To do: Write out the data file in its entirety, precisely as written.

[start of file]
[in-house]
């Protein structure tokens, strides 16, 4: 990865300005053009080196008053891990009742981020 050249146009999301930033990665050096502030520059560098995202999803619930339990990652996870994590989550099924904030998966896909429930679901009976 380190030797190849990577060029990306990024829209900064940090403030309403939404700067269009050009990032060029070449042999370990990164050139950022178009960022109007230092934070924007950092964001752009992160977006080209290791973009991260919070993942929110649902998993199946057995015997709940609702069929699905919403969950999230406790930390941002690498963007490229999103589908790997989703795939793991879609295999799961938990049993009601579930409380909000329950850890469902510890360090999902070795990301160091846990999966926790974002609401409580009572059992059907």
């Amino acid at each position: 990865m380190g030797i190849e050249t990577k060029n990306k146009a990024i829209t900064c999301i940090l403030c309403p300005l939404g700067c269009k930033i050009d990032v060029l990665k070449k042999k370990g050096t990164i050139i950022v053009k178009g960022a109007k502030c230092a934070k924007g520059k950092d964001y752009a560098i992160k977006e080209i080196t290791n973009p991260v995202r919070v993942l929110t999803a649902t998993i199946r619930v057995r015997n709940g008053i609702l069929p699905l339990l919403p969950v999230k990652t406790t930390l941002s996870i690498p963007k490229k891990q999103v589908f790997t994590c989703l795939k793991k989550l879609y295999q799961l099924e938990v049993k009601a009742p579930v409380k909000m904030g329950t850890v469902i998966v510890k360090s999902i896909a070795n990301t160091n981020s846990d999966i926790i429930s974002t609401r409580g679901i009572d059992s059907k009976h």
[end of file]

[in-house]
């Protein structure tokens, strides 16, 4: 990865300005053009080196008053891990009742981020 050249146009999301930033990665050096502030520059560098995202999803619930339990990652996870994590989550099924904030998966896909429930679901009976 380190030797190849990577060029990306990024829209900064940090403030309403939404700067269009050009990032060029070449042999370990990164050139950022178009960022109007230092934070924007950092964001752009992160977006080209290791973009991260919070993942929110649902998993199946057995015997709940609702069929699905919403969950999230406790930390941002690498963007490229999103589908790997989703795939793991879609295999799961938990049993009601579930409380909000329950850890469902510890360090999902070795990301160091846990999966926790974002609401409580009572059992059907």
């Amino acid at each position: 990865m380190g030797i190849e050249t990577k060029n990306k146009a990024i829209t900064c999301i940090l403030c309403p300005l939404g700067c269009k930033i050009d990032v060029l990665k070449k042999k370990g050096t990164i050139i950022v053009k178009g960022a109007k502030c230092a934070k924007g520059k950092d964001y752009a560098i992160k977006e080209i080196t290791n973009p991260v995202r919070v993942l929110t999803a649902t998993i199946r619930v057995r015997n709940g008053i609702l069929p699905l339990l919403p969950v999230k990652t406790t930390l941002s996870i690498p963007k490229k891990q999103v589908f790997t994590c989703l795939k793991k989550l879609y295999q799961l099924e938990v049993k009601a009742p579930v409380k909000m904030g329950t850890v469902i998966v510890k360090s999902i896909a070795n990301t160091n981020s846990d999966i926790i429930s974002t609401r409580g679901i009572d059992s059907k009976h």